andsilvertrimmingsandthearms,stuckinthequaintbelt,allpleasedhereye
extremely;andthensherecognizeditswearerastheyoungmanoftheSphinx.
Howdresschangesaperson!shethought.Helookedateasenowinthis
gorgeousgarment,andaveryprinceforafairytale.Thataccountedforthe


dreadfulgrayflannel—hewasasoldierandunaccustomedtowearingordinary
clothes.Shehadheardthatinforeigncountrieseventheofficersworetheir
uniformshabitually;notastheEnglishdo,merelyasanirksomeduty.
Hedidnotappeartoseeher,butwhenshebegandancingagain,andpaused
oncemoreforbreath,shewasclosetohimashestoodsomewayapartand
alone.
Theireyesmet.Hishadthesamewhimsicalprovokingsmileinthemwhich
angeredandyetattractedher.Hemadenomovetobowtoher,nordidhetake
anystepstobeintroduced.Sheburntwithannoyance.
"Hemightatleasthavebeenpresented;itistooimpertinentotherwise!"she
thought.
Sheknewshewaslookingherbest:afair,distinguishedwomanasyoungand
freshasagirl.Hardlyamanintheroomwasunconsciousofherpresence.
Angerlentanextrabrightnesstohereyesandcheeks.Shewentondancing
wildly.
Thenexttimeshewasnearthestrangerwassomehalfanhourlater,although
notoncewassheabletobanishthescarletformfromherview.Hedidnot
dance.HetalkednowandthentohisPrince,andthenhewaspresentedtothe
officialladies,withtherestofthesuite.Helookedbored.
Tamarawouldnotaskhisname,whichshecouldhavedonewithease,asevery
onewasinterestedintheRussiansandgladtotalkaboutthem.Sheavoidedthe
Englishgroupofbigwigswheretheywerestanding,andwhereshehadherplace
—AndwhentheypassedthetallCossackagainsheturneduponhima
witheringlyunconsciousglance.
However,thiswasnottocontinuethewholenight,forpresentlyshewas
requestedbyoneoftheattachéstocomeandbepresentedtotheGrandDuke,
andwhenshehadmadehercurtseythesuitecameupinturn.
"PrinceMilaslávski,"andsheheardoneofhisfriendscallhim"Gritzko."The
namefellpleasantlyonherears—"Gritzko"!Whywashesuchawretchasto
humiliateherso?Shefelthorriblysmall.Sheoughtnevertohavelethimspeak
toherattheSphinx.Shewasbeingthoroughlypunishedforher
unconventionalitynow!


ShesaidafewwordsinFrenchtoeachoftheothers,andthen,ashestillstood
therewiththatprovokingsmileinhissplendideyes,sheturnedawayalmost
bitingherlipwithshameandrage.
Beforesheknewitshewasdancingwithafiercecountingreenandsilver.Their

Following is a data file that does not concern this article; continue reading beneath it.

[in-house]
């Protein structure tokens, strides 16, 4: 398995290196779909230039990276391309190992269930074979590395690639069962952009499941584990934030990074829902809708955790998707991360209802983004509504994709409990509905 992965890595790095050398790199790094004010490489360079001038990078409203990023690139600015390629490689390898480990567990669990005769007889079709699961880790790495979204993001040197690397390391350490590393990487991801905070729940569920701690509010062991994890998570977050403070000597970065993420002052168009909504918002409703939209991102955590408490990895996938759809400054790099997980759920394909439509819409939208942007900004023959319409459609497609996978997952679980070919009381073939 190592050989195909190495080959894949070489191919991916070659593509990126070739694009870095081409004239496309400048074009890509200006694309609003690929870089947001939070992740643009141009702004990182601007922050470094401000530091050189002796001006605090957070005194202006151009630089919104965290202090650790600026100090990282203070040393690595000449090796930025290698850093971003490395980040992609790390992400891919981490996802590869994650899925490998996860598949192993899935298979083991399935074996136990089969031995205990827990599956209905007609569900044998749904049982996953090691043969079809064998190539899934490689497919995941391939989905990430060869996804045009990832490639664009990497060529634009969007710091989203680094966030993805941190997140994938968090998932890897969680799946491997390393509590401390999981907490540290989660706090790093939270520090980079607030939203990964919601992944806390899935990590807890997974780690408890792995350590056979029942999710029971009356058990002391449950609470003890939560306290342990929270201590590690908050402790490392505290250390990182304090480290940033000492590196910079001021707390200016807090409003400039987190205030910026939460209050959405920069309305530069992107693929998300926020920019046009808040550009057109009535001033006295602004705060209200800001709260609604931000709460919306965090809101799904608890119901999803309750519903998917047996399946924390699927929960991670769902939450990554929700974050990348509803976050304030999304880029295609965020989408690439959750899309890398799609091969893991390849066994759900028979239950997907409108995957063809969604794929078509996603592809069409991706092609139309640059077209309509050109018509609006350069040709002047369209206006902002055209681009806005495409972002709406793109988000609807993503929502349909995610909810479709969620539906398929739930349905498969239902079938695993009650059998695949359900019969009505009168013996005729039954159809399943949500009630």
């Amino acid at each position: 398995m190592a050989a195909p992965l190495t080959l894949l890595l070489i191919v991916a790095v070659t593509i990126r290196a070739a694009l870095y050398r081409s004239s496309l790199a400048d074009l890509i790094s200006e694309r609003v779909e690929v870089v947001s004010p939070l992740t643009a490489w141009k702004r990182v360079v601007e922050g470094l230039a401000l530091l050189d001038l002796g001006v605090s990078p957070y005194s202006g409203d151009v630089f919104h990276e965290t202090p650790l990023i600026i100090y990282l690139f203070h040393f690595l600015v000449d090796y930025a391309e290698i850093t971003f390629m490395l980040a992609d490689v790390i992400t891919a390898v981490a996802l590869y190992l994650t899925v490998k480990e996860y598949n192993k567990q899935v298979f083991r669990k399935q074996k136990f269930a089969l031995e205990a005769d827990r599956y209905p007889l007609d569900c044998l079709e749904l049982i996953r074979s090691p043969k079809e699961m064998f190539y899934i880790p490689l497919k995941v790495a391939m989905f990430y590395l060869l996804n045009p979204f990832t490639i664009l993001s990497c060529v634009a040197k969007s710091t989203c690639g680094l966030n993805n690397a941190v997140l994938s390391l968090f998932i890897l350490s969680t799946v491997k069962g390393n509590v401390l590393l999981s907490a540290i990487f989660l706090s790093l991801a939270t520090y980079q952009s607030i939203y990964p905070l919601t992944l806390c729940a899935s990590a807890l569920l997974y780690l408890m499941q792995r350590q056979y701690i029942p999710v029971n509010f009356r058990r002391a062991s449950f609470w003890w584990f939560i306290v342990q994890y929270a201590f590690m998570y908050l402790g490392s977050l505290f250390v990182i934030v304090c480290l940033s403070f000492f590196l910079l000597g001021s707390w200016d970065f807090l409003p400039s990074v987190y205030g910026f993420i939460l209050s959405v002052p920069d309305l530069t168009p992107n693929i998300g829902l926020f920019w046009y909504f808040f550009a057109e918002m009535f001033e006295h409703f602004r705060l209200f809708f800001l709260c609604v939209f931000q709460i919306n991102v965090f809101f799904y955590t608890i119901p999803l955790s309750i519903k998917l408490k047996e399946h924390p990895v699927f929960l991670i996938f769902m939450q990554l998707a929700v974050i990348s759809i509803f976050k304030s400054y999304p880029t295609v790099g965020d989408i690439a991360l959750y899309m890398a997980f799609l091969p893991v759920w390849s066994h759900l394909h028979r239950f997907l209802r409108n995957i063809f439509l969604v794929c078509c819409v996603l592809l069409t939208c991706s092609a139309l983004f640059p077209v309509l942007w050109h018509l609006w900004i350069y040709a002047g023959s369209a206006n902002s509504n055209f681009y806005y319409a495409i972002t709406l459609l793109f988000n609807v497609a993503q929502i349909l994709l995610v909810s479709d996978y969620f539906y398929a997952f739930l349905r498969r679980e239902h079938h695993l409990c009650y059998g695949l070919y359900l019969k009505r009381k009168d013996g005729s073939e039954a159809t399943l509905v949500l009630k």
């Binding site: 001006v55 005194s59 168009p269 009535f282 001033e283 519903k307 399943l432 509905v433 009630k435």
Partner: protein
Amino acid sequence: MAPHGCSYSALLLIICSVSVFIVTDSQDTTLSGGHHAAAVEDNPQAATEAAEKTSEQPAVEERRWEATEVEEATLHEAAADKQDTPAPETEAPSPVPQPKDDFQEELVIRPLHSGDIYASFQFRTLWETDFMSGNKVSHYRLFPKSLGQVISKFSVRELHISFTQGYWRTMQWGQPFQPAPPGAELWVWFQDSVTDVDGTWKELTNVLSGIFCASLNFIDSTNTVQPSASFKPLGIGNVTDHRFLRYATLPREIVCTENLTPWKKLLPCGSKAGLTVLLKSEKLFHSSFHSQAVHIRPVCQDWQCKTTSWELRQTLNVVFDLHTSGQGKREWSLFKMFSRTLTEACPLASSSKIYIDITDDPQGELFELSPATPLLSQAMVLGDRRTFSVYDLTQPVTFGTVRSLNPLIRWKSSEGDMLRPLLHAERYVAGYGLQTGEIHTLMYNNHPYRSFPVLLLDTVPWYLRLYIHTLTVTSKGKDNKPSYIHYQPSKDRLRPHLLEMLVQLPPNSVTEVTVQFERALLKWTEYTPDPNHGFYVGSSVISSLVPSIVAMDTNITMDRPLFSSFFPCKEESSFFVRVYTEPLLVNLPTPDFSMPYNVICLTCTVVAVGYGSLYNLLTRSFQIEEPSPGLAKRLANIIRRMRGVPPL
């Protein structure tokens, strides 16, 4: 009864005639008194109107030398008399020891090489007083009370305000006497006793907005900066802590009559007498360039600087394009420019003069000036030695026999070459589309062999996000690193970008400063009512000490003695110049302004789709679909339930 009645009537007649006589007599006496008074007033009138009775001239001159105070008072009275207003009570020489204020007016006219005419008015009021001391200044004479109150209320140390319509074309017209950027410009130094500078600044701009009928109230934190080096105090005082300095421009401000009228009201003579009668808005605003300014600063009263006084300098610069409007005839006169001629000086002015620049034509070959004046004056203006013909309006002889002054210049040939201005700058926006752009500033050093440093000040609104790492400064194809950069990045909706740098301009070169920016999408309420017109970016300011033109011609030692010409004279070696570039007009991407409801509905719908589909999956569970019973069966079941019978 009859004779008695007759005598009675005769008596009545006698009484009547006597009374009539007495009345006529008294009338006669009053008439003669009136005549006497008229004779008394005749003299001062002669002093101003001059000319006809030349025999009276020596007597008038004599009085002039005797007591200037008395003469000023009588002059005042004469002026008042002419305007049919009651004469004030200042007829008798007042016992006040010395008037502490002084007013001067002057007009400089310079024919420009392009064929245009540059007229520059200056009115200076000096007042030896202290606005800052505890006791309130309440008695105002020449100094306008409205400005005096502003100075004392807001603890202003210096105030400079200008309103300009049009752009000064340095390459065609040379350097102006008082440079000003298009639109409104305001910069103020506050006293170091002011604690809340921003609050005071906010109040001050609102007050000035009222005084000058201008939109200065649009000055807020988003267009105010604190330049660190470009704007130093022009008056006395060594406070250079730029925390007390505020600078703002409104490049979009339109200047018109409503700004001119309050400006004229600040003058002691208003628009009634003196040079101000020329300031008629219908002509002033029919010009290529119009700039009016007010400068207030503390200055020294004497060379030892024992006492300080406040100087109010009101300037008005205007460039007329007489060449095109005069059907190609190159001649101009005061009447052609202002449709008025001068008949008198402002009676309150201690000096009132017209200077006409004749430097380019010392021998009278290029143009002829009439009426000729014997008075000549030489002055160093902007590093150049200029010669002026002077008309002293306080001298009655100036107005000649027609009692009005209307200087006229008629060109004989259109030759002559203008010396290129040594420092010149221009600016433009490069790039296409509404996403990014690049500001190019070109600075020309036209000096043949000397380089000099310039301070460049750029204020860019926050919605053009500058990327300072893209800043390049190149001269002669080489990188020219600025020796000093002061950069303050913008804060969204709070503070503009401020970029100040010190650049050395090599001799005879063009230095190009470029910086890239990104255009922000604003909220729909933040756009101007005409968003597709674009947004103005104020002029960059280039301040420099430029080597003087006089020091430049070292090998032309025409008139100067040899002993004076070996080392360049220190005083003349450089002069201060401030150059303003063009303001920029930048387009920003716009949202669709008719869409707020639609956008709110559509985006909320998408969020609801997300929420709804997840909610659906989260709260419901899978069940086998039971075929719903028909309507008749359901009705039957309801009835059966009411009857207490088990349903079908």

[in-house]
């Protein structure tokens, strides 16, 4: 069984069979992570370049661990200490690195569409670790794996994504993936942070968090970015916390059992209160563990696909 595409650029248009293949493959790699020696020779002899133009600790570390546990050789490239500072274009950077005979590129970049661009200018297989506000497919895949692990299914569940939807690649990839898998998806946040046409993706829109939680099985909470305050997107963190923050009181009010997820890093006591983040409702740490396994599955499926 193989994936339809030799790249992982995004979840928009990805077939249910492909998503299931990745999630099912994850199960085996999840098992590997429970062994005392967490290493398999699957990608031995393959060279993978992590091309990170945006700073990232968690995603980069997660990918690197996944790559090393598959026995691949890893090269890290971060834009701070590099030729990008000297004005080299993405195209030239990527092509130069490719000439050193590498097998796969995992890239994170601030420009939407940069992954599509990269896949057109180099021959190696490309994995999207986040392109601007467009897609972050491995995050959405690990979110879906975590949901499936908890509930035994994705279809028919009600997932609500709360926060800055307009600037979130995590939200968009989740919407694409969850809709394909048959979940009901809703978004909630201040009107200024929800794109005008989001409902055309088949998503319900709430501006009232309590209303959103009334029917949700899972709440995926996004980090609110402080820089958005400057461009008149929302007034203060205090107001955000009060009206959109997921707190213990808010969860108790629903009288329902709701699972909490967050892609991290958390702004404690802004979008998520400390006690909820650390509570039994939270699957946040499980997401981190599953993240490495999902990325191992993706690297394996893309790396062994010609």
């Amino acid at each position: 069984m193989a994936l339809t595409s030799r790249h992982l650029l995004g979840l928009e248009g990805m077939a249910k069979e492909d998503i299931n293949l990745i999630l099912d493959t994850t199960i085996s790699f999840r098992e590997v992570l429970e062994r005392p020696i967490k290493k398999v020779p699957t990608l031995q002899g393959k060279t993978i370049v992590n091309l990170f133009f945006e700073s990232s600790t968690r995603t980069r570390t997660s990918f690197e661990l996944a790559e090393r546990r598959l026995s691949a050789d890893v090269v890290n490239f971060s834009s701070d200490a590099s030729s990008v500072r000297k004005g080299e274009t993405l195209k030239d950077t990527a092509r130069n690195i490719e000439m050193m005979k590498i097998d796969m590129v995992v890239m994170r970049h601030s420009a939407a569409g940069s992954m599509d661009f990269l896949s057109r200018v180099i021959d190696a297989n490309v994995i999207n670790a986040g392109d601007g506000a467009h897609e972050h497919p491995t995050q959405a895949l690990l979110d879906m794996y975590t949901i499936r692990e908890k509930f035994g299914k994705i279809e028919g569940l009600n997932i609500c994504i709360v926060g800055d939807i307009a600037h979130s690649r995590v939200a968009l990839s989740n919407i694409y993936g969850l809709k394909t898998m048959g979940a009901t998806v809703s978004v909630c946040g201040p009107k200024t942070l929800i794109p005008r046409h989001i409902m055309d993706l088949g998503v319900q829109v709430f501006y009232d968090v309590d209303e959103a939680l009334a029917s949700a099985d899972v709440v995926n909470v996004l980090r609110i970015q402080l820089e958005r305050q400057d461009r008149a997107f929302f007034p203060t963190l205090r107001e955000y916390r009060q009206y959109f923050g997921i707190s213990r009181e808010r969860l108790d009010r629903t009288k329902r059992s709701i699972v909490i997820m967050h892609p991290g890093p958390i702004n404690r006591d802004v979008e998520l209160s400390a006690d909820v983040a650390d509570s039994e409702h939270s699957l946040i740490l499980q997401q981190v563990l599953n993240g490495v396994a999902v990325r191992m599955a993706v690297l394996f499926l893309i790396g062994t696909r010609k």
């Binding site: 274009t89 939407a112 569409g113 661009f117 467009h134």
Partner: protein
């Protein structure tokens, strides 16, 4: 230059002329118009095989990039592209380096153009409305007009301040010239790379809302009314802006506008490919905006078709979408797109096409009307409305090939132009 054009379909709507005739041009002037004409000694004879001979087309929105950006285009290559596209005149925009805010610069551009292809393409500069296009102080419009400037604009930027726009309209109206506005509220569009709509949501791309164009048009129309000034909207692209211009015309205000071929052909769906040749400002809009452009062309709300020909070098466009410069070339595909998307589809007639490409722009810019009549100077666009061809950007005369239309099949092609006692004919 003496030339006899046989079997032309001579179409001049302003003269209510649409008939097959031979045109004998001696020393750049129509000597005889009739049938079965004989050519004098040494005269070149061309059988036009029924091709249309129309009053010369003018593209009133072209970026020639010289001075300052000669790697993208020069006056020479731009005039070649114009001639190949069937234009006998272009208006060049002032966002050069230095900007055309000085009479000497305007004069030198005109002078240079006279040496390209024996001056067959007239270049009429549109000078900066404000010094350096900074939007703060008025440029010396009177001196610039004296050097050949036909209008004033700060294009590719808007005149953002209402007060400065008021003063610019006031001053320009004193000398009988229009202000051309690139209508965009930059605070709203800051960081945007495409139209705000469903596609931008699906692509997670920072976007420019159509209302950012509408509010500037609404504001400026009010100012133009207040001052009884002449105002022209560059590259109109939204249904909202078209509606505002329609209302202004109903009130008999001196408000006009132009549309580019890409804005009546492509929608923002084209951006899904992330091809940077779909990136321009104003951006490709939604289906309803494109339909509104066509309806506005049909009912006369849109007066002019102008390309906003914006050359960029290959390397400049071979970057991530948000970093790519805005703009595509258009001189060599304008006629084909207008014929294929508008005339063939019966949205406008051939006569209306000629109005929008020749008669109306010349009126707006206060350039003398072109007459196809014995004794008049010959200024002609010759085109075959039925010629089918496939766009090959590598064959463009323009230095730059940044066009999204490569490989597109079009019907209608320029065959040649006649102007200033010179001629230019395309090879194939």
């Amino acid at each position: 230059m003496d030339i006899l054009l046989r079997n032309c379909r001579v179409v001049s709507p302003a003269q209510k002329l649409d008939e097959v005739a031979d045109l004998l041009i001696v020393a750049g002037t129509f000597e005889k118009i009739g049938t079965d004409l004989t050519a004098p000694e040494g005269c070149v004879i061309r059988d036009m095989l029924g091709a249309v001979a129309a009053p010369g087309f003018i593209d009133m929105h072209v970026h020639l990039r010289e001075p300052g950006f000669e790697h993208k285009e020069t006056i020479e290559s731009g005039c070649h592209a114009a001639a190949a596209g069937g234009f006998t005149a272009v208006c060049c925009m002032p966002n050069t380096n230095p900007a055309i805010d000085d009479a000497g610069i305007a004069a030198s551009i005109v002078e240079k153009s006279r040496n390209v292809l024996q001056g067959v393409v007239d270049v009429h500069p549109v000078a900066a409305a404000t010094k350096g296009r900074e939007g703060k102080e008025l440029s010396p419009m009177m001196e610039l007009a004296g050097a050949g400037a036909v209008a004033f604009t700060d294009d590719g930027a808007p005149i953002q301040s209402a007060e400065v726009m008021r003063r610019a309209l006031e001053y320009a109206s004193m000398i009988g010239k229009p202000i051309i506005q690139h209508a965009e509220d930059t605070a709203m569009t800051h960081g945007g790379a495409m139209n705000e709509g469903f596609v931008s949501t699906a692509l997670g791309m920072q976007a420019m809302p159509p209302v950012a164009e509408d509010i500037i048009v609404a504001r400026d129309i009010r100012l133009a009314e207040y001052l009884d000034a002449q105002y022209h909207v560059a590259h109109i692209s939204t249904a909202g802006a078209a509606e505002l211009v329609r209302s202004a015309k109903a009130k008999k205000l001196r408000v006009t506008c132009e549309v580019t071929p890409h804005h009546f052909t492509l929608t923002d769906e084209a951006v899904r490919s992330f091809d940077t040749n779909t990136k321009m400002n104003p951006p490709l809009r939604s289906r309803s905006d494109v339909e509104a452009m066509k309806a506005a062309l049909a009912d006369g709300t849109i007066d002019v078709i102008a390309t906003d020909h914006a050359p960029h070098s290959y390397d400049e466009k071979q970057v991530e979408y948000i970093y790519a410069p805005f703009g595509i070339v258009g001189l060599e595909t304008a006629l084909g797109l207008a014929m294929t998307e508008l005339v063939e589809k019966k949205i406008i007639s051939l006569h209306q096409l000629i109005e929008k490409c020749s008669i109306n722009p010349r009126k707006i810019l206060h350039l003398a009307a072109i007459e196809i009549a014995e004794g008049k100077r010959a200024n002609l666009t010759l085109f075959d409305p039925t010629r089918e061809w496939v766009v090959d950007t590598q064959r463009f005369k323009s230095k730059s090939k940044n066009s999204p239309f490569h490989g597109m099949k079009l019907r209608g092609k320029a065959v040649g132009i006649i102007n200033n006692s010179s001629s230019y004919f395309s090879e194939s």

conversationwasinteresting.
"Youareheresincelong,Madame?"
"No,Monsieur,onlyafewweeks,andIgoto-morrow."
"Ah!youdancebeautifully!"
"DoI?Iamglad——"
TheRussianCountheldherverytightly,andtheystoppedquiteoutofbreath,
wherethescreenedwindowshalf-hidthepoorladiesoftheharem,whowatched
thethrongfromtheirsaferetreat.
TheCountbowed—andTamarabowed.Asection,notthewholedance,was
evidentlytheRussiancustom.
Thenavoicesaidclosetoherear:
"MayI,too,havethehonorofaturn,Madame?"andshelookedupintotheeyes
ofthePrince.
Forasecondshehesitated.Herfirstimpulsewastoscornfullysayno,butshe
quicklyrealizedthatwouldbeundignifiedandabsurd;soshesaidyes,coldly,
andlethimplacehisarmabouther.Thebandwasplayingaparticularly
sensuousvalse,whichdroveallyoungpeoplemadthatyear,and—iftheCount
haddancedwell—thisman'smovementswereheaven.Tamaradidnotspeaka
word.Shepurposelydidnotlookathim,butdroopedherproudheadsothatthe
flashingdiamondsofhertiarawereallhecouldhaveseenofher.
Heputnospecialmeaningintothewayheheldher;hejustdanceddivinely;but
therewassomethinginthecreaturehimselfofaperfectlyannoying
attractiveness—orsoitseemedtoTamara.
Theyatlastpausedforamoment,andthenhespoke.Hemadenottheslightest


allusiontotheSphinxincident.HespokegravelyofCairo,andthepolo,andthe
races,andsaidthathisGrandDukehadarrivedthatday.Hewasnotonhisstaff,
butwasindeedtravellinginEgyptforhisownamusementanddelectation,he
said.
HehadbeentheresinceNovember,itseemed,andhadbeenuptheNile,andhad
fortunatelybeenabletosecurealittlebungalowatMena,wherehecouldspend
somehoursofpeace.
ThenTamaralaughed.SherememberedMillicentHardcastle'sconsternation
overthoseunfortunatepyjamas.ShewonderedifMillicentwouldrealizethat
she—Tamara—wasdancingwiththeirwearernow!Whenshelaughedheputhis
armaroundheroncemoreandbegandancing.Thistimeheheldherrather
closely,andsuddenlyasshelaughedagaintoherselfprovokingly,heclaspedher
tight.
"IfyoulaughlikethatIwillkissyou—hereintheroom,"hesaid.
Tamarastoppeddeadshort.Sheblazedwithanger.
"Howdareyoubesoimpertinent?"shesaid.
Theywereupinacorner;everyone'sbackwasturnedtothemhappily,forinone
secondhehadbentandkissedherneck.Itwasdonewithsuchincredible
swiftnessandaudacitythatevenhadtheybeenobserveditmustonlyhave
lookedasthoughhebenttopickupsomethingshehaddropped.Butthekiss
burnedintoTamara'sflesh.
Shecouldhardlykeepthetearsofoutragedpridefromhereyes.
"Howdareyou!Howdareyou!"shehissed."Trulyyouaremakingmeashamed
ofhavingletyouspeaktomelastnight!"
"Lastnight?"hesaid,whileheforciblydrewherhandwithinhisarmandbegan
walkingtowardthegroupofherfriends."Lastnightyouwereafraidsome
shouldseemefromthehotel,andto-nightyoudareme.DoitoncemoreandI
willkissyourlips!"
Tamarawentdeadwhite;shefeltasifthegroundweresinkingbeneathherfeet;